Scam artists Vladimir “Lado” Okhotnikov, Lola Ferrari, and Sergey Maslakov have been given an Entry of Default.
As of September 29, neither Okhotnikov, Ferrari, nor Maslakov had responded to the SEC’s fraud lawsuit against Forsage.
Okhotnikov (on the right) has fled to Georgia. Ferrari is thought to be in Indonesia, and Maslakov is thought to be in Russia.
On September 29, the SEC asked that an Entry of Default be made against Okhotnikov, Ferrari, and Maslakov.
After a hearing on October 6, the motion was approved.
The SEC can file a Motion for Default Judgment at a later date if they record an Entry of Default.
While Ferrari and Maslakov are staying out of trouble, Okhotnikov keeps using MetaForce to scam people.
The MetaForce is the sixth new start for the Forsage Ponzi.
We noticed that MetaForce shut down last month after Okhotnikov froze the money that had been invested.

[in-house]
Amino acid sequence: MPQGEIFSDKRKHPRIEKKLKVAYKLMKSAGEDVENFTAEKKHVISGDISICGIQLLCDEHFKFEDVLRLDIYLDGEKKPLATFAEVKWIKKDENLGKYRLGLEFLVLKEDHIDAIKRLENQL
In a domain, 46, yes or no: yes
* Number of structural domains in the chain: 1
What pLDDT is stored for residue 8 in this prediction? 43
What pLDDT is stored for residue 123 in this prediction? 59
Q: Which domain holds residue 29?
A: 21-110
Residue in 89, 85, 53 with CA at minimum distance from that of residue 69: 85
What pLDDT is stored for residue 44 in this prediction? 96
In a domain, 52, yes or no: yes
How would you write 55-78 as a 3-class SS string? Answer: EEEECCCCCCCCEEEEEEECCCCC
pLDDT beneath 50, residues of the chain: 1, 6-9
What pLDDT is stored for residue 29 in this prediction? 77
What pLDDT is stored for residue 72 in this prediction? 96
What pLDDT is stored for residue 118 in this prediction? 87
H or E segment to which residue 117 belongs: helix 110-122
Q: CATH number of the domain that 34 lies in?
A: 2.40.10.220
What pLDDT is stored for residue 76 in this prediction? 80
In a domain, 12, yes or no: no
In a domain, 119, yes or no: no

Okhotnikov’s latest scam is some NFT nonsense. This is after he brought out products that nobody in MetaForce wants or cares about.
As of a “legal side” update from MetaForce that was shared on social media three days ago,
Four companies have been set up for different parts of Meta Force. The approval process has been finished, which makes it possible to open an account.
Today, we got confirmation that Meta Force Space DMCC, a key company for us that specializes in the Metaverse, is now open.
“Dubai Multi Commodities Center” is what DMCC stands for. And it’s not surprising that Okhotnikov is moving what’s left of Forsage to Dubai.
Dubai is the world’s MLM crime capital. The emirate doesn’t care about MLM-related securities fraud, and scammers from all over the world can hide there because there are no extradition treaties and few rules.
It’s not clear if Okhotnikov has already fled to Dubai or if he plans to do so.
Okhotnikov, who is from Russia, wrote on Facebook on September 25 that he had “lived in Georgia for many years.”
In 2020, the first version of Forsage came out. Even though Okhotnikov’s schemes have failed five times, been restarted six times, and cost consumers an estimated $300 million, Georgian authorities have done nothing to stop him.